Document Type


Date of Degree

Fall 2012

Degree Name

PhD (Doctor of Philosophy)

Degree In


First Advisor

Michael J. Lovaglia


This research investigated the relationship between group size and the process of trust, cohesion, and commitment formation in joint-task groups. Specifically, the theory proposes that groups with greater six members will produce lower trust, cohesion, and commitment than those smaller than six members. Theory was developed linking group size to these processes through the mechanism of anticipated mutual perception, the amount an individual considers what others are thinking about them. Two experimental studies test the impact of anticipated mutual perception on interpersonal influence and trust, cohesion, and commitment. Study 1 tested the impact of being able to see a partner and closeness to a partner on a partner's level of influence over participants. Participants were more influenced by partners they could see than by partner's who were separated from the participant by place or time. Status differences also affected influence, even when partners were absent, having left information for use by participants.

Study 2 investigated how group size affected participant reports of interpersonal trust, cohesion, and commitment to other group members. Results suggest that members of larger groups had lower commitment to other group members, and that groups larger than six members were negatively associated with levels of trust reported by group members. Further, measures used to isolate aspects of anticipated mutual perception were shown to affect the development of interpersonal trust, cohesion, and commitment, in support of the theory. Group cohesion was found to vary with expectations of competence. These expectations significantly predicted measures of shared awareness capturing aspects of anticipated mutual perception, possibly offsetting negative effects of increasing group size. Study 2 also found evidence that group members prefer to work with groups made up of 4-6 members, consistent with the theory. This research has implications for the ways in which organizations structure group work. This research suggests that the size of the group as well as the characteristics of individuals and their interaction partners may affect how people form cohesive relationships. Trust is an important aspect of groups that promotes cooperation, commitment, and collective identity formation. Further, this research supports a growing literature on the ways that micro-interaction promotes commitment to organizations by promoting or detracting from attributions of positive sentiment to smaller, nested groups within those organizations.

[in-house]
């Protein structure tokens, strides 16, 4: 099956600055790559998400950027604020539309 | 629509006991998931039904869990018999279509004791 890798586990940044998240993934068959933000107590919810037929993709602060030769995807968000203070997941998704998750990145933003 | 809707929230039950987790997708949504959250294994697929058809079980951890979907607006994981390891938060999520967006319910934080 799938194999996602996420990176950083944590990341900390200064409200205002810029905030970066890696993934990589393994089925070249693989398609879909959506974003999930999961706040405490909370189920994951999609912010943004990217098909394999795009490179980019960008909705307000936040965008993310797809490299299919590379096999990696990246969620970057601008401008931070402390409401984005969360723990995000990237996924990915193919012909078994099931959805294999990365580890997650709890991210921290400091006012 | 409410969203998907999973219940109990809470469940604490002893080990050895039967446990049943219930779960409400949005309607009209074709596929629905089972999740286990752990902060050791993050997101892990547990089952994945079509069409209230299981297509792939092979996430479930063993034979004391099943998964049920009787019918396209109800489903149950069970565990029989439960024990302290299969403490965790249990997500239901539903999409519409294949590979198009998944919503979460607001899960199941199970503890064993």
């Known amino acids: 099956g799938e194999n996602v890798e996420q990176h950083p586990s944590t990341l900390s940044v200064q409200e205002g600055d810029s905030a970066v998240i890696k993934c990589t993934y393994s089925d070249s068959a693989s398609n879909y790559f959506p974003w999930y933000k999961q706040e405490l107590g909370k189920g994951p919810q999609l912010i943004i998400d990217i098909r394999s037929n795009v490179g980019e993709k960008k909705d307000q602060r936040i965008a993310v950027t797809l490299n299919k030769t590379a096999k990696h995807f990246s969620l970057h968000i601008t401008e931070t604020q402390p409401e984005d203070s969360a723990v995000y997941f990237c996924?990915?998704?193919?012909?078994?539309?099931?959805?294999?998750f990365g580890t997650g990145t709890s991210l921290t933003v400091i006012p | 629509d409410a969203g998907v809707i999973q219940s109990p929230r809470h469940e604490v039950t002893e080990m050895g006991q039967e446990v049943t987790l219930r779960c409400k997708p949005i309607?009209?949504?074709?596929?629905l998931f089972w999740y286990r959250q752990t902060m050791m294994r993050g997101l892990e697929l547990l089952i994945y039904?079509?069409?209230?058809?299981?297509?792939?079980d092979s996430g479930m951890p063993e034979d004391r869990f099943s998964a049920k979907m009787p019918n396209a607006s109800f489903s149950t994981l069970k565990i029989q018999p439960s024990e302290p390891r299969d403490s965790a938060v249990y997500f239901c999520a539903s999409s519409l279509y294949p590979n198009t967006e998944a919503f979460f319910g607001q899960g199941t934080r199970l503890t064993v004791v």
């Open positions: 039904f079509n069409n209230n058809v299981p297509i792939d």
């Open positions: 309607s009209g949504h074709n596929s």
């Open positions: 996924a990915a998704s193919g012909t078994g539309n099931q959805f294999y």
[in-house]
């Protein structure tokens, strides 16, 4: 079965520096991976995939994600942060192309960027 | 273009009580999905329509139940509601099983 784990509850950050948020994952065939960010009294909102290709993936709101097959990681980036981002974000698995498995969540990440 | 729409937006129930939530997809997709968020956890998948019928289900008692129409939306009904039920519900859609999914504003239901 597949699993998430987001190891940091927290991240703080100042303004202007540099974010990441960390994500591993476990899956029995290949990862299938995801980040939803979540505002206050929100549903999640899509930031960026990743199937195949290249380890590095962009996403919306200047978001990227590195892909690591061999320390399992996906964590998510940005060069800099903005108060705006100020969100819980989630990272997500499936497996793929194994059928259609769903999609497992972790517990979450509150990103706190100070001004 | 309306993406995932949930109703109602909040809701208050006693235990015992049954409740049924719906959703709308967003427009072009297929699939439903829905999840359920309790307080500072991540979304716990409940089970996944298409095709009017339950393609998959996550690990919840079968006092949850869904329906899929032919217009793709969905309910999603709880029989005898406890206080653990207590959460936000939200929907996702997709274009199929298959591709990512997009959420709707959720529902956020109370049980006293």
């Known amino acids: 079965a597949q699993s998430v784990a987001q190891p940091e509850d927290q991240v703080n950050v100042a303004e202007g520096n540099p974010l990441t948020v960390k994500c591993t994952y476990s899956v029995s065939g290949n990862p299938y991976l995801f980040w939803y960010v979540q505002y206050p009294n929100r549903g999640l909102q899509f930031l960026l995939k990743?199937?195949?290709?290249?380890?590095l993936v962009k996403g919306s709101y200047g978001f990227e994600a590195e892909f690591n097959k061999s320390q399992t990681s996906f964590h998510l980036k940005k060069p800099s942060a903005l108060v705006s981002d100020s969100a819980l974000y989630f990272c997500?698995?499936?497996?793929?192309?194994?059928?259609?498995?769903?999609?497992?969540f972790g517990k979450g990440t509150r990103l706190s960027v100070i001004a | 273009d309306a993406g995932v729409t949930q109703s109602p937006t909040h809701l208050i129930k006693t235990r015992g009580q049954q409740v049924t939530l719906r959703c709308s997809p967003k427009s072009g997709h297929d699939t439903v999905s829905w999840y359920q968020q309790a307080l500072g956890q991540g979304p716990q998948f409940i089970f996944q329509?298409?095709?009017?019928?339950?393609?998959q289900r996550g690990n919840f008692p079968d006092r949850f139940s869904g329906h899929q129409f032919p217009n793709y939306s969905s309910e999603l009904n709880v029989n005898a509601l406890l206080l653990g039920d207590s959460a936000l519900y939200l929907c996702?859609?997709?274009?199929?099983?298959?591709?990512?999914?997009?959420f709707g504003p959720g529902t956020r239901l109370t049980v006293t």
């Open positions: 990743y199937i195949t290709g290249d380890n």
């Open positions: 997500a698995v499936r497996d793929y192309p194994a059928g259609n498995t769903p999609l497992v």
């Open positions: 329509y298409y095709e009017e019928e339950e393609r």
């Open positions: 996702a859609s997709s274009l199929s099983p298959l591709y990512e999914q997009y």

Cohesion, Commitment, Group Size, Influence, Trust


viii, 131 pages


Includes bibliographical references (pages 126-131).


Copyright 2012 Shane Drew Soboroff

Included in

Sociology Commons